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as possible. mohammed fahmy joining us by phone now. what do you know about the negotiations and where they stand right now? >> i just got off the phone with a yrl and he informed me that two of his officers had visited the kidnappers on friday and saturday. they met the hostages and he unfortunately informed me that michel louis has suffered a diabetic attack. that's how he described it. he also mentioned that the kidnapper provided him with medicine that he got from the pharmacy. he's confirmed that the hostages are being moved around in different areas in sinai and that the kidnapper is very
look at the state of that church, and i used to live between jackson and -- i cannot remember the other street, washington -- and i know that church well. i used to vote at the elementary school. i know the neighborhood well and i know about the church. it was not in this shape until more recently. i have a hard time saying, gee, we should play this game again with a developer who, by the way, this is not their first time the radio. if you want to make changes to the project to work with the neighborhood, if you have had two years, a lot of time to work on this, even before the last hearing. i find it frustrating to the commissioners time and the public at large to have to have this conversation over and again when there is a very simple thing that we have asked, actually, early on, that was not done. we're not even talking about the building and at the scale. just talking about the bare minimum at this developer is from the community, is familiar with the planning process, unusual requests have not been made. i just find it really frustrating, frankly. in terms of ceqa, it is very clea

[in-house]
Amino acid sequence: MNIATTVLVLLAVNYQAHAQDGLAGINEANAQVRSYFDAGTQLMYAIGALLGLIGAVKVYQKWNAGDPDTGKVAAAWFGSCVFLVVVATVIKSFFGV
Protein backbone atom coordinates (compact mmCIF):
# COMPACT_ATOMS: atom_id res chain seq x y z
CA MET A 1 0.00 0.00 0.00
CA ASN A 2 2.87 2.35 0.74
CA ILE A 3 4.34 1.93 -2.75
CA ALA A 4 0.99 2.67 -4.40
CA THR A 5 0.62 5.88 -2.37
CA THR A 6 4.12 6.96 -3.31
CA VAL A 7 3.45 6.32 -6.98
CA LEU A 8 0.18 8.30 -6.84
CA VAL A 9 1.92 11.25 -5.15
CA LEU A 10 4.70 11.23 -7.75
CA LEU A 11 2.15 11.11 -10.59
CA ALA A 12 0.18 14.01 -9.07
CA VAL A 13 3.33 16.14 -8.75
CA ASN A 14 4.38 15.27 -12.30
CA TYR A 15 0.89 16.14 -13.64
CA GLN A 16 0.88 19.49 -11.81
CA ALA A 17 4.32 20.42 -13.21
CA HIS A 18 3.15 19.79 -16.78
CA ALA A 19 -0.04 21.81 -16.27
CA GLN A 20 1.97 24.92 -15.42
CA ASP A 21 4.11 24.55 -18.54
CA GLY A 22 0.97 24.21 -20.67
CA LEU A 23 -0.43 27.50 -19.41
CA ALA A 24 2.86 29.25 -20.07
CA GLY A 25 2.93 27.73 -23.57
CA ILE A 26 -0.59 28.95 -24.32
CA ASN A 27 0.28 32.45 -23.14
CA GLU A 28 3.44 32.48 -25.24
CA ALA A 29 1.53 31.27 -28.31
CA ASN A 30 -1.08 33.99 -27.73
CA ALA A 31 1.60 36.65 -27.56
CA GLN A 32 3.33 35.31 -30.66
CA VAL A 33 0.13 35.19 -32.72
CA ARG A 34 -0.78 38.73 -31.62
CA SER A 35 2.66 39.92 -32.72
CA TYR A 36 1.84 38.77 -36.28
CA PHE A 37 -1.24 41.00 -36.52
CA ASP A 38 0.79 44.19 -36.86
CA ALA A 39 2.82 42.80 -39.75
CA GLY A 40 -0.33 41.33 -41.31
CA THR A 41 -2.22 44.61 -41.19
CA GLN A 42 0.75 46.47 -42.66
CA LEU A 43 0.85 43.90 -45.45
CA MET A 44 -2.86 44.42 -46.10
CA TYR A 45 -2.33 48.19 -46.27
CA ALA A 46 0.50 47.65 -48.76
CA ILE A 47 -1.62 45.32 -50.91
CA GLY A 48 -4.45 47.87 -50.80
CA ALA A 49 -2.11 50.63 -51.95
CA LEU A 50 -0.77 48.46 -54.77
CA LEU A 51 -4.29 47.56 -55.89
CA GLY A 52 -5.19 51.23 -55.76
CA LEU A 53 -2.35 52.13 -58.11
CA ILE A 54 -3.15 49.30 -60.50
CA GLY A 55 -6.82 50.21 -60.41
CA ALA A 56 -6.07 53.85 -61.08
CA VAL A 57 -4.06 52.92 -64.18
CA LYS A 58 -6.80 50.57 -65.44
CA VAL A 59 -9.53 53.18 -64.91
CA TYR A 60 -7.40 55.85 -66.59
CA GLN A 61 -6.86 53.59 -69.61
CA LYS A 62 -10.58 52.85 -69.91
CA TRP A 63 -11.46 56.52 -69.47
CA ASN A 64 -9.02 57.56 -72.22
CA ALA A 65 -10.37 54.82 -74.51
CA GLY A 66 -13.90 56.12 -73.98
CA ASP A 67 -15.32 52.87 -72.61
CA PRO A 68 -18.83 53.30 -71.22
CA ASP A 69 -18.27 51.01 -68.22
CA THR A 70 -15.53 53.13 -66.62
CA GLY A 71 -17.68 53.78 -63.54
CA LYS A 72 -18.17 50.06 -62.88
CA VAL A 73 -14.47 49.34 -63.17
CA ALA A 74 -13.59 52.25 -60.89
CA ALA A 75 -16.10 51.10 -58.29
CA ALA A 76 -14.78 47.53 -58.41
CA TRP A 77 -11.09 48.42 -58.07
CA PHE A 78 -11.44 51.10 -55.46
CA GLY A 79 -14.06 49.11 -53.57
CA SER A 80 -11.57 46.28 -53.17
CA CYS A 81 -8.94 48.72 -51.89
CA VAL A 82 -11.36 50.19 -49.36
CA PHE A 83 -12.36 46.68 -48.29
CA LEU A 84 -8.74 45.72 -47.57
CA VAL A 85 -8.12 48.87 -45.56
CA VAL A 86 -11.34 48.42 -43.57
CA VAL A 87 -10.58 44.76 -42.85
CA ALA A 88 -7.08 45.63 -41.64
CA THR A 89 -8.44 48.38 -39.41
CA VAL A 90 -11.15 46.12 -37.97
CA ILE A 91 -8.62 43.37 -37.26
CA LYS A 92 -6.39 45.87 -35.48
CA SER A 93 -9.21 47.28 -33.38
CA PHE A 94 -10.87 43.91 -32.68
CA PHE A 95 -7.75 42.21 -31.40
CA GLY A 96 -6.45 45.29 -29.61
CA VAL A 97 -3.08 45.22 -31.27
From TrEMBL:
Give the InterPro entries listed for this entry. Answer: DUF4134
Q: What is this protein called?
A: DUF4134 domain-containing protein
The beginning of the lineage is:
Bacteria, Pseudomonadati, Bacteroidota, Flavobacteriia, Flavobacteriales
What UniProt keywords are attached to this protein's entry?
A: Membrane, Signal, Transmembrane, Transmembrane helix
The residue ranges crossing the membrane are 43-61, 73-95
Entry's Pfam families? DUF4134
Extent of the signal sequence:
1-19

, we just want to let us innovate, let us do our thing. those areas of technology where entrepreneurs are allow today go forward are ones which would work great in countries around the world. that's all the opportunity you want. let innovation flourish. and to policymakers or lawmakers come down to this? do they enjoy seeing this? >> guest: they're very busy, and they do like coming down. it's tough getting them to las vegas. we think it's very important that policymakers see what the real world is like so they can make informed decisions when they're actually making votes and doing other things that are affecting, basically, how you can build products, what you can do, who you trade with, things like that. great american companies like apple and google and others are -- we have them here in the united states, and we have great international companies here. but it's working. the u.s. is the world leader. we want to keep it that way. but it's important we have the right policies. >> host: when we walked into the displays here, we saw your table, the cea table, and you had your legislat
will not hesitate to use chemical weapons -- the assad regime will not hesitate to use chemical weapons if things get worse. we go to the coast of honduras, where cocaine has become the country's curse. and running for gold. how an olympian overcame the odds to compete for america. >> when i look at where i came from, i have to pinch myself. >> welcome to our viewers on pbs in america and also around the globe. tonight, the fighting in syria appears to be moving closer to the center of the capital, damascus. over the past couple days, clashes between government forces and rebel fighters have taken place in the southern suburbs of the city. now, even more worrying, syria's for ambassador to iraq, who defected last week, said that forces loyal to president saleh saad will not hesitate to use chemical weapons. -- syria's former ambassador to iraq, who defected last week, said that forces loyal to president assad will not hesitate to use chemical weapons. >> international diplomacy is struggling to find a way out. in these pictures, activists say people are trying to flee heavy shelling in damascus.